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COVID-19 - Reinstating the water supply safely in food premises after COVID-19 lockdown closure

The Drinking Water Inspectorate have produced generic guidance for businesses on good practice on reinstating and maintaining a water safe supply in buildings that have remained unused during the Covid-19 lockdown period.

The Drinking Water Inspectorate guidance below will help ensure that water quality is maintained and a clean and safe drinking water supply is available when you re-open your food premises after the COVID-19 lockdown period of closure.

The possible hazards to public health

After an extended period of low turnover or no demand, a water supply in a food or business premises may deteriorate when left stagnant in storage tanks and pipework. Typical examples of deterioration problems can include:

  • the leaching of lead and nickel to a poisonous level
  • the build-up of Legionella in tanks creating serious respiratory hazards
  • the accumulation of foul taste or odour issues
  • the build-up of disinfectants to toxic levels
  • failure of unused valves permitting backflow of faecal matter from toilets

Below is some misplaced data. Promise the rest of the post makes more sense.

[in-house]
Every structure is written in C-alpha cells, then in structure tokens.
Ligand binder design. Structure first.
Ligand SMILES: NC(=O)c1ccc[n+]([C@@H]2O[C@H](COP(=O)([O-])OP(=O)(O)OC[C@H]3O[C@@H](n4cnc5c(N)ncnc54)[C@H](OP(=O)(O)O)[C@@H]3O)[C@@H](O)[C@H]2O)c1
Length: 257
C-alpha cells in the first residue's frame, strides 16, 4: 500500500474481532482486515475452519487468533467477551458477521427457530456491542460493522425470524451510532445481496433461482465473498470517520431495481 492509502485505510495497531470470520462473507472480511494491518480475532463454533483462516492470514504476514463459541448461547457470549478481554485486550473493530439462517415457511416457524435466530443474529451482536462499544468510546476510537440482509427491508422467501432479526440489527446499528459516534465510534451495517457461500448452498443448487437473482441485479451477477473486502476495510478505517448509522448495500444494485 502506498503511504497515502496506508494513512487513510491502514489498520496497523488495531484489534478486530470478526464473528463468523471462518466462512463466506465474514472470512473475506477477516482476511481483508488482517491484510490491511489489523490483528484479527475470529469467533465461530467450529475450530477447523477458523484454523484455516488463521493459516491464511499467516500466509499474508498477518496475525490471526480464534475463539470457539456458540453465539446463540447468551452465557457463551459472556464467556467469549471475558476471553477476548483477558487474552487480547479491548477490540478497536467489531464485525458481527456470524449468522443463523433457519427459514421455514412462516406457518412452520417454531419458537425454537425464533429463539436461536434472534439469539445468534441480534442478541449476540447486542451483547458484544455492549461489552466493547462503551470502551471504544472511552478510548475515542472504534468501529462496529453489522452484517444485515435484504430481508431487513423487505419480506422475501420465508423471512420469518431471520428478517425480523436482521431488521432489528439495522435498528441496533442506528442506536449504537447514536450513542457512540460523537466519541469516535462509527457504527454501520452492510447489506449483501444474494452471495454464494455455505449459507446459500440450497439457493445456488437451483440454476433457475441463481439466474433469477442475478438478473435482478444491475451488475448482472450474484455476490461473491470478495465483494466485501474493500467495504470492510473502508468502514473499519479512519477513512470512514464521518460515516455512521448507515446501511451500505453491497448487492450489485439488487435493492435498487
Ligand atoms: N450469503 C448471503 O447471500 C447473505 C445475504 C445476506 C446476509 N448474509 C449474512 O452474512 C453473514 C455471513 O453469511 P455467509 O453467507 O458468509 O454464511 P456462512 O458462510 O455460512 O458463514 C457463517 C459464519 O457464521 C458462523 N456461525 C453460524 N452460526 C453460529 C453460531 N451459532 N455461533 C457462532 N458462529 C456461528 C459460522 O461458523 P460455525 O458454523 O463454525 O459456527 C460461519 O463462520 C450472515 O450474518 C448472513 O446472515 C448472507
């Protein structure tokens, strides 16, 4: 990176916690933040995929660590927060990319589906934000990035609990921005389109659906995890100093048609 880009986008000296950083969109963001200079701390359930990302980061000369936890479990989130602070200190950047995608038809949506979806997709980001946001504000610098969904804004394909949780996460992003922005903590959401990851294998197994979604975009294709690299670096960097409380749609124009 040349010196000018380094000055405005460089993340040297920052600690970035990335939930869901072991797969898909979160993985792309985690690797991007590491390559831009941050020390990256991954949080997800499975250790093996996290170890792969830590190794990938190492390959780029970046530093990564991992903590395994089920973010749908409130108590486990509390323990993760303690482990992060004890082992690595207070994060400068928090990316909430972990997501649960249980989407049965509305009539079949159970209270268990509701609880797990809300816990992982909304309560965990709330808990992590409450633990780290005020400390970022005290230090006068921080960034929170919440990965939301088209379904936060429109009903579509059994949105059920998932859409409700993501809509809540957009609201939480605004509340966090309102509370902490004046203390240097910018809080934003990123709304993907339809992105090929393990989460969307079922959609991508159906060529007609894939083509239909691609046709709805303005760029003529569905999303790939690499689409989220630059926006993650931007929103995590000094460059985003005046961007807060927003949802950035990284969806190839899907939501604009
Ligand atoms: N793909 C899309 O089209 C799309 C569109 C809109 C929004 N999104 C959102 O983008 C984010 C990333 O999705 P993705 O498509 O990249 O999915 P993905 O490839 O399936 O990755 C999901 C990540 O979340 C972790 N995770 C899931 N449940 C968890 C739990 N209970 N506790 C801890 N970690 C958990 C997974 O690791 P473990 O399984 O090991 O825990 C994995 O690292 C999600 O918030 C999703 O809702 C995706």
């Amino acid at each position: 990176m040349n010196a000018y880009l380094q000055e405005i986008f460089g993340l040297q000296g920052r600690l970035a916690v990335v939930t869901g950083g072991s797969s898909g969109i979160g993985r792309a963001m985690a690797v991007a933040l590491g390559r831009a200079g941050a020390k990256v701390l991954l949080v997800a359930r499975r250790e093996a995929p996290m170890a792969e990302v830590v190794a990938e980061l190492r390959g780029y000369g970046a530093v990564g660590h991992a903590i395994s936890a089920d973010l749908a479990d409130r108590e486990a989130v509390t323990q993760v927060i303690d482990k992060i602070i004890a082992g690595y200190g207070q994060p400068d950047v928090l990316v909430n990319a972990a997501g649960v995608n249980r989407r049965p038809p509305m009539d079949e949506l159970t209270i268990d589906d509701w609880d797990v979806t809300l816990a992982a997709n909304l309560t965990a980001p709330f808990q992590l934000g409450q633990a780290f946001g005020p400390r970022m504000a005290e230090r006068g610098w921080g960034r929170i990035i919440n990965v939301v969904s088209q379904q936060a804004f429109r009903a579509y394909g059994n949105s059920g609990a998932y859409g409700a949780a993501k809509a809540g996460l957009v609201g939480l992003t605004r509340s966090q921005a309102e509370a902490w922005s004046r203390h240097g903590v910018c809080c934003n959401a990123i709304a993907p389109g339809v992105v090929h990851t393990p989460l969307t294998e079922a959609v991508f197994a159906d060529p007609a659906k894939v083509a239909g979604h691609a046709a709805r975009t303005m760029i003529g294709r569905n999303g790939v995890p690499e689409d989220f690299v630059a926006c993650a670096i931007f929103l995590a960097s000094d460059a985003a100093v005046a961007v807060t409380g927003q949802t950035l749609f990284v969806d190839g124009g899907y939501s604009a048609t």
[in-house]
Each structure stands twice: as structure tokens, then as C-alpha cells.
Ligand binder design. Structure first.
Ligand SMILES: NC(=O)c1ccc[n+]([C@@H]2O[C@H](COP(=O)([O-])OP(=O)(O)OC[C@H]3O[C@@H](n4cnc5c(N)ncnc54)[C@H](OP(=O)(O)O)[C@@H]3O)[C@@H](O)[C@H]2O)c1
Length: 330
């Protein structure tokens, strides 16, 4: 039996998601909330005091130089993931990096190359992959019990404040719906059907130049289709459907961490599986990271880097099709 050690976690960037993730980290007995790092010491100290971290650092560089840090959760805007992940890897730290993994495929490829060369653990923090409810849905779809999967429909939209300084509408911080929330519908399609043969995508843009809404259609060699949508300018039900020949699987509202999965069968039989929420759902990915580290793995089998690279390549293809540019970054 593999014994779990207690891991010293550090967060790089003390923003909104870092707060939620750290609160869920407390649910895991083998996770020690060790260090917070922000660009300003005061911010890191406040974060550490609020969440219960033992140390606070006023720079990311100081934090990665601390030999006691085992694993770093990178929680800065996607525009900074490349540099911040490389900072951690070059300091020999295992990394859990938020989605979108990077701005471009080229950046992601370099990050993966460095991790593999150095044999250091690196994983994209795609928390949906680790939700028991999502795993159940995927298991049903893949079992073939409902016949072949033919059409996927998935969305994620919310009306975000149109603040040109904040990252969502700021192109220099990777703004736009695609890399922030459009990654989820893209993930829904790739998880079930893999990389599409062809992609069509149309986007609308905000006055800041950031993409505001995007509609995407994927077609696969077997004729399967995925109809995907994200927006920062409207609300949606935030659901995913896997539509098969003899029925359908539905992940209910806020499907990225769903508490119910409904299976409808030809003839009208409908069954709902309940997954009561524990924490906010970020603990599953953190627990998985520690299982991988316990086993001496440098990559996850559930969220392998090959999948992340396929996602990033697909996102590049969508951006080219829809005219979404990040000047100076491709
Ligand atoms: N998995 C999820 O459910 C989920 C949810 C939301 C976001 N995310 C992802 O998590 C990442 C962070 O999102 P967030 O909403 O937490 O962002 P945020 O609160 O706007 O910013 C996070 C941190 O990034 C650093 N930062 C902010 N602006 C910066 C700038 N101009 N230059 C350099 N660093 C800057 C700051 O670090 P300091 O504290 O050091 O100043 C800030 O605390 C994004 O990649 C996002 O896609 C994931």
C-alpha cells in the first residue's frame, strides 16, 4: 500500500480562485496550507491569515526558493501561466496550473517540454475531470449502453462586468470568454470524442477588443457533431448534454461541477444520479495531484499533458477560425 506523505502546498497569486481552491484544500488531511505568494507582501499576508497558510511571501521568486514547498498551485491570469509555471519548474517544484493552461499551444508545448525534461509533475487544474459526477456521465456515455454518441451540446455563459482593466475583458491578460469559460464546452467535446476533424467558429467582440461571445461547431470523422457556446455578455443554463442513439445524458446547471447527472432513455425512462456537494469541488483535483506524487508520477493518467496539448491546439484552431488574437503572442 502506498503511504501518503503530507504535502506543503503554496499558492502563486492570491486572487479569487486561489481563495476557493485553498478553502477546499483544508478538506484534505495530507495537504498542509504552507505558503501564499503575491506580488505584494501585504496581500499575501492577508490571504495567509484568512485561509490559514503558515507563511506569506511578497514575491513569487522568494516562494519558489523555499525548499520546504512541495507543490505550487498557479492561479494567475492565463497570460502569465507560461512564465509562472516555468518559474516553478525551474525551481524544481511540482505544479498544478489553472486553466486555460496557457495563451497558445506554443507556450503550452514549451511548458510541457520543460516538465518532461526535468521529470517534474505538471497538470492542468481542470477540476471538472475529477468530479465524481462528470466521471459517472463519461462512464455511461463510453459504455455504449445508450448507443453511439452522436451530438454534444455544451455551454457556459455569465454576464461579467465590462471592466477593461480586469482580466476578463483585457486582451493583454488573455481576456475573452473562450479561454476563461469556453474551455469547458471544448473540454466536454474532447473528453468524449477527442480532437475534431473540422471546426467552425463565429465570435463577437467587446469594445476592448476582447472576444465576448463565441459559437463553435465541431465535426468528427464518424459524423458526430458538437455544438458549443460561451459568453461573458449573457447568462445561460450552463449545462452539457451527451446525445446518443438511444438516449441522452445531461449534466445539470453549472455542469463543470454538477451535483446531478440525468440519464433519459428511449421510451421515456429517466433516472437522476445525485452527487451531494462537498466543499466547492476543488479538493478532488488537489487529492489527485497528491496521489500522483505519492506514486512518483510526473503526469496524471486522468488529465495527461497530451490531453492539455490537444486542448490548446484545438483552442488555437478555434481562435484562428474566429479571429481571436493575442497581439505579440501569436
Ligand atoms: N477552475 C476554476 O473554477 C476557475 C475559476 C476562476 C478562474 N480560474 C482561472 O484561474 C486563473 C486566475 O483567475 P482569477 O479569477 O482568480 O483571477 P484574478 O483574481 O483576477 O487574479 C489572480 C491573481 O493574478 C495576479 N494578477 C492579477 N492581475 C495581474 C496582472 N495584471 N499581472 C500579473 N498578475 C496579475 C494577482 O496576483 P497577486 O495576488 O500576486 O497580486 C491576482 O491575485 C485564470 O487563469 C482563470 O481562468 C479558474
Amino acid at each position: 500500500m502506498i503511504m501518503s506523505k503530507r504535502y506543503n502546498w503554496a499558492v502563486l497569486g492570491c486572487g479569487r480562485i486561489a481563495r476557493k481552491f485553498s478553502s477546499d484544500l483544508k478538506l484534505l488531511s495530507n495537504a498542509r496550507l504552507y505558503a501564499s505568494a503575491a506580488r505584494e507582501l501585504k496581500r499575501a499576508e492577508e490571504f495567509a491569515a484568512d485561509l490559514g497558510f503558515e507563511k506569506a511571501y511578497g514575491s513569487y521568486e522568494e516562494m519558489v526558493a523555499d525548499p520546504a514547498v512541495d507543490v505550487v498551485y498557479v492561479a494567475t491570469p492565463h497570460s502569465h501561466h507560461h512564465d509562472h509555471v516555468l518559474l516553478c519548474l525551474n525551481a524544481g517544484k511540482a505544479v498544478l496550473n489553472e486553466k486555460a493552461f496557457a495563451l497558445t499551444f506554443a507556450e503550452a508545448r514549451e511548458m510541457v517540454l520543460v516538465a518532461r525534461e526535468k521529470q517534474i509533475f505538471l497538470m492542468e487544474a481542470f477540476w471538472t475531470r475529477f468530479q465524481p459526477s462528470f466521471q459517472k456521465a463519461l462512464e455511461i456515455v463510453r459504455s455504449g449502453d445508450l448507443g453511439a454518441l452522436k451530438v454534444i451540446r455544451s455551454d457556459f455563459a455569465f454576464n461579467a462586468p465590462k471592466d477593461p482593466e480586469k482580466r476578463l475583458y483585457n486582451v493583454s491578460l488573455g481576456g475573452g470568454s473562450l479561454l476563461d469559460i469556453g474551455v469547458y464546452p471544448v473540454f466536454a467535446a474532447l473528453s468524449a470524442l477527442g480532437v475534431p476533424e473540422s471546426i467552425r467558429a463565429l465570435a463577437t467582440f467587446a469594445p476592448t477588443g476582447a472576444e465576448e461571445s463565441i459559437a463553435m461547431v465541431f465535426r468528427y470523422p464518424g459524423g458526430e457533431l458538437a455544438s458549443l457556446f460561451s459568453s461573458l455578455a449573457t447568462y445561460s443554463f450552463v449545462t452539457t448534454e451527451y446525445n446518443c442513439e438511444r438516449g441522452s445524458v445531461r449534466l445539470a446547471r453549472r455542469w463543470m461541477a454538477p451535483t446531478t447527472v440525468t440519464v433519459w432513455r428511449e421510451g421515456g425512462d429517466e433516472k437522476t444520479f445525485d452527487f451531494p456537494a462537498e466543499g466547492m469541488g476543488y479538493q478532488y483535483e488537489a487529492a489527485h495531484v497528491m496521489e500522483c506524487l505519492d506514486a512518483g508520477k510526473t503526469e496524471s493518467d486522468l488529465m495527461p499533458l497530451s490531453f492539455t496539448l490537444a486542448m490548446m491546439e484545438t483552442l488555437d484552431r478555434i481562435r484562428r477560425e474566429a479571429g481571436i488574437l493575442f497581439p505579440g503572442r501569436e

• dried out filters which become ineffective or have accumulated serious contamination.

Smaller public, commercial and retail buildings and other premises should consider the building Water Safety Plan.

  • As an absolute  minimum you should carry out progressive flushing of water storage tanks and pipework in order to introduce fresh water into the system before consumer access. 
  • Hot water systems need to be raised to a temperature of greater than 60°C, and full system disinfection may be required in some circumstances to achieve 50mg/L free chlorine.
  • Building managers are advised to work in collaboration with the local water supplier to avoid sufficiency issues in the local area and to manage the disposal of large volumes of water, disinfectants and other chemicals. 
  • Building managers should seek advice where necessary from WaterSafe scheme approved plumbers, or in more complex situations, from an experienced and competent professional. 

New risks as a consequence of CoViD-19

New risks as a consequence of CoViD-19 should also be considered, such as drinking water fountains, water cooler dispensers, communal drinking water points and the like, where person to person transmission may be possible.

The design of any water outlet should protect it from direct contact by the hands and mouth, i.e. the outlet should be free flowing without splashback, and with sufficient space for a glass or bottle which then can be used for drinking.

In addition, a cleaning regime with a food-safe anti-viral disinfectant, carried out at a regular frequency throughout the day, should be put in place.

Further information and advice

Further information and advice on keeping water safe in food and business premises please visit: